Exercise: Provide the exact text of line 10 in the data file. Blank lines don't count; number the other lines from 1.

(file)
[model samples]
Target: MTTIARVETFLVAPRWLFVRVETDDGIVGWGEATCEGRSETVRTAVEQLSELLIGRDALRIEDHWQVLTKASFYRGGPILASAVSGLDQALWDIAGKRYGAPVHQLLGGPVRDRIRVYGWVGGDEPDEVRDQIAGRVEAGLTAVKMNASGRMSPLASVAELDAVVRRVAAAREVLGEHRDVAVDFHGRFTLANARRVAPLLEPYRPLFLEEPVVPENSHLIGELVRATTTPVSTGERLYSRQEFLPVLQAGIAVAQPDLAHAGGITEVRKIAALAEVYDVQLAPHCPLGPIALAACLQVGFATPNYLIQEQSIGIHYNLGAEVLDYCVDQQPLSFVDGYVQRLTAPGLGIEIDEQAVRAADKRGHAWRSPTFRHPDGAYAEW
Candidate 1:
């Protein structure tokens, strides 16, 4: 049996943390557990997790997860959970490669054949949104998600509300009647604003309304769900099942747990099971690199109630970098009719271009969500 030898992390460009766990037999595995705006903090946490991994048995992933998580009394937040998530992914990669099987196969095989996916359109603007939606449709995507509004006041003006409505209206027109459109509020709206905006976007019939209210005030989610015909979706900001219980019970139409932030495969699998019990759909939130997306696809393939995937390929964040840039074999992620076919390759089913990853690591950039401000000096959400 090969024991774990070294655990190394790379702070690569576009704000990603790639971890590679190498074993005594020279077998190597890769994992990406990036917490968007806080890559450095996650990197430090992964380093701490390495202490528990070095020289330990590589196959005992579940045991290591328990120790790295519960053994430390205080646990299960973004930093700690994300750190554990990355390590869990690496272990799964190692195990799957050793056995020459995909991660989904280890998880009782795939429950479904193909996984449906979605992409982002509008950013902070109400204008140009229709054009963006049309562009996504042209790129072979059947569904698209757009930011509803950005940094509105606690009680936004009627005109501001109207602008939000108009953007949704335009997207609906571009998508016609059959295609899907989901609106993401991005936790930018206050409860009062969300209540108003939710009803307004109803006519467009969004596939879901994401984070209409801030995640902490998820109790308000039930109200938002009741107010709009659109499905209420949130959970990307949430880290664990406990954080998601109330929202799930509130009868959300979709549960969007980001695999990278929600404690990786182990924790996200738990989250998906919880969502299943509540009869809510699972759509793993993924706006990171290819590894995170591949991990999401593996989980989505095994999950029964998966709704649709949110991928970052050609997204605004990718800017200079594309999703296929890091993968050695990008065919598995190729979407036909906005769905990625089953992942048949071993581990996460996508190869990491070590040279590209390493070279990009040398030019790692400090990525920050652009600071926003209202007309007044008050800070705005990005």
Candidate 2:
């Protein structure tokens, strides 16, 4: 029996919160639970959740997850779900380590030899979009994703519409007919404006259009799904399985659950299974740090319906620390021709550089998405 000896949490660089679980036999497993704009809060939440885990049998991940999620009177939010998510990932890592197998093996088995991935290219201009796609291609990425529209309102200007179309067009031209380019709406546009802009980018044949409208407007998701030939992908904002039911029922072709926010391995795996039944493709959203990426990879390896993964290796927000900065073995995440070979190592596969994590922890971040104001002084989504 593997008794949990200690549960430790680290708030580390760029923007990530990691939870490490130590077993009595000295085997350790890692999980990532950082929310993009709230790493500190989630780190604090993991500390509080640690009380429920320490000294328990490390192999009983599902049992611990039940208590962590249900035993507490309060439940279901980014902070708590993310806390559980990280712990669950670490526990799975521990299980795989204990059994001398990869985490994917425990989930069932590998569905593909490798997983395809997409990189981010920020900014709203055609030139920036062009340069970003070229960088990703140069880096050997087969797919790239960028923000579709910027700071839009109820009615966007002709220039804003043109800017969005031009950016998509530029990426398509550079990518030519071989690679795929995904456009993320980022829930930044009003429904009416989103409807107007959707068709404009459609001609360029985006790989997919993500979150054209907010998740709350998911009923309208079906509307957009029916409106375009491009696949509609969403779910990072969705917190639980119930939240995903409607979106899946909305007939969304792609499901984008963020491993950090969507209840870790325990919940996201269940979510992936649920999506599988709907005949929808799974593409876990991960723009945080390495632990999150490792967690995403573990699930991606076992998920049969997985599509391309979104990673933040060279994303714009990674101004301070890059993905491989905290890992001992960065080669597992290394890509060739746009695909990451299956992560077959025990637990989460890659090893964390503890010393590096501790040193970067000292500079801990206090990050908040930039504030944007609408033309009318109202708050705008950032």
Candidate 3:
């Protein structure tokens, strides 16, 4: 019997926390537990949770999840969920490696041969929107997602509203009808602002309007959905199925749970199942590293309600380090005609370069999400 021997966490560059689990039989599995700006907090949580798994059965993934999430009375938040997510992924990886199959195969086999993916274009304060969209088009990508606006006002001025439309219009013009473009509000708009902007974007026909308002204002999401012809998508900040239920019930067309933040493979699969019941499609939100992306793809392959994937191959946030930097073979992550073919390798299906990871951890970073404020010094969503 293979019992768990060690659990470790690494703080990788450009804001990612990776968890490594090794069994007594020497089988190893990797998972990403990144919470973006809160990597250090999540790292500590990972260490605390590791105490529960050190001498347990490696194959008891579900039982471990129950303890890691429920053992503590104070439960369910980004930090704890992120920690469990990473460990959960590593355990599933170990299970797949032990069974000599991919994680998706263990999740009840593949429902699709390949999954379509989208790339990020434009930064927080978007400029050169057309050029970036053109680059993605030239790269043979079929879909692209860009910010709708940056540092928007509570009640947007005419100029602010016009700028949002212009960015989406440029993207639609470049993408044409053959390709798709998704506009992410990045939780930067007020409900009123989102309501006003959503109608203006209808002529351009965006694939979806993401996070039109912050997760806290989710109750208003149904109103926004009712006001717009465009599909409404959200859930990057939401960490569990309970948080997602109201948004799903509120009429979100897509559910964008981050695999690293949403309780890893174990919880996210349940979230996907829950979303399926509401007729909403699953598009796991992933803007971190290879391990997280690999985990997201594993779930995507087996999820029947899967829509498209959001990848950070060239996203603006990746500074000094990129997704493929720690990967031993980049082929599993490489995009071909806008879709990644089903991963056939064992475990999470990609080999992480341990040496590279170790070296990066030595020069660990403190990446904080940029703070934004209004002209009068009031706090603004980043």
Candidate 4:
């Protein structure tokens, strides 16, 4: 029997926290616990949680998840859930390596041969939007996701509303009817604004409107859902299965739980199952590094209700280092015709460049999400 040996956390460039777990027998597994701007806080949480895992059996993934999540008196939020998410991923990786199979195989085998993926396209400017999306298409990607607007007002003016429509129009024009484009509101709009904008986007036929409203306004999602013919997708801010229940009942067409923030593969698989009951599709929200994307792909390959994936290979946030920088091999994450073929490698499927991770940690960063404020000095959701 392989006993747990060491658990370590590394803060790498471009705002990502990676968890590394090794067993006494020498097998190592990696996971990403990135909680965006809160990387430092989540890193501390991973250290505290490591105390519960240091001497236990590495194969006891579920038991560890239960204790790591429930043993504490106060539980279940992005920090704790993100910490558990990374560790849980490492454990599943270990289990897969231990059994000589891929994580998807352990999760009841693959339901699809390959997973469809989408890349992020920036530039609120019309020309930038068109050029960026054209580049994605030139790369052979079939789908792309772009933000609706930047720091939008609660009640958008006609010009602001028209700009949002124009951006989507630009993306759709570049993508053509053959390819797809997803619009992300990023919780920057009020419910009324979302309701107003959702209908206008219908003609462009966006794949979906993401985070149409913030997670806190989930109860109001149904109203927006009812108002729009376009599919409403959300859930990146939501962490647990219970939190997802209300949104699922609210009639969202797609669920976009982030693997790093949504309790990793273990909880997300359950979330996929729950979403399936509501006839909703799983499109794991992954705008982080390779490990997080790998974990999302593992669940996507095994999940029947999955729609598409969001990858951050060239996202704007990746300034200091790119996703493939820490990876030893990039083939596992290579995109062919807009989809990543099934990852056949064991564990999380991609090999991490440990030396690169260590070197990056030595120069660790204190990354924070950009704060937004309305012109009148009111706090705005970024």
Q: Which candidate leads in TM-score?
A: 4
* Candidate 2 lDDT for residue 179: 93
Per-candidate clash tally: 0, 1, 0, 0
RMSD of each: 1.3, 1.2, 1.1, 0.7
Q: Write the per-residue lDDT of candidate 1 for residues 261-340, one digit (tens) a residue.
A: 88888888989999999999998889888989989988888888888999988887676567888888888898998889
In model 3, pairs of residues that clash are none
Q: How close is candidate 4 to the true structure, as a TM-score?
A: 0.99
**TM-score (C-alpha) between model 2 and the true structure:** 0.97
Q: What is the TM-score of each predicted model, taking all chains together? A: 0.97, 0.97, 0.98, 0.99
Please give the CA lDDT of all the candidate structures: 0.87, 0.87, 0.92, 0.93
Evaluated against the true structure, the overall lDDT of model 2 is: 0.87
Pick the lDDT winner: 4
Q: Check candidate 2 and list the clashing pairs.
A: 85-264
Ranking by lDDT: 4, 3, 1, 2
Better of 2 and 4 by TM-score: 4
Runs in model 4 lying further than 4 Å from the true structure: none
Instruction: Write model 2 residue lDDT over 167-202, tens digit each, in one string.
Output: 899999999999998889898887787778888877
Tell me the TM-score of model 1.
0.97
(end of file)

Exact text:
């Protein structure tokens, strides 16, 4: 029997926290616990949680998840859930390596041969939007996701509303009817604004409107859902299965739980199952590094209700280092015709460049999400 040996956390460039777990027998597994701007806080949480895992059996993934999540008196939020998410991923990786199979195989085998993926396209400017999306298409990607607007007002003016429509129009024009484009509101709009904008986007036929409203306004999602013919997708801010229940009942067409923030593969698989009951599709929200994307792909390959994936290979946030920088091999994450073929490698499927991770940690960063404020000095959701 392989006993747990060491658990370590590394803060790498471009705002990502990676968890590394090794067993006494020498097998190592990696996971990403990135909680965006809160990387430092989540890193501390991973250290505290490591105390519960240091001497236990590495194969006891579920038991560890239960204790790591429930043993504490106060539980279940992005920090704790993100910490558990990374560790849980490492454990599943270990289990897969231990059994000589891929994580998807352990999760009841693959339901699809390959997973469809989408890349992020920036530039609120019309020309930038068109050029960026054209580049994605030139790369052979079939789908792309772009933000609706930047720091939008609660009640958008006609010009602001028209700009949002124009951006989507630009993306759709570049993508053509053959390819797809997803619009992300990023919780920057009020419910009324979302309701107003959702209908206008219908003609462009966006794949979906993401985070149409913030997670806190989930109860109001149904109203927006009812108002729009376009599919409403959300859930990146939501962490647990219970939190997802209300949104699922609210009639969202797609669920976009982030693997790093949504309790990793273990909880997300359950979330996929729950979403399936509501006839909703799983499109794991992954705008982080390779490990997080790998974990999302593992669940996507095994999940029947999955729609598409969001990858951050060239996202704007990746300034200091790119996703493939820490990876030893990039083939596992290579995109062919807009989809990543099934990852056949064991564990999380991609090999991490440990030396690169260590070197990056030595120069660790204190990354924070950009704060937004309305012109009148009111706090705005970024």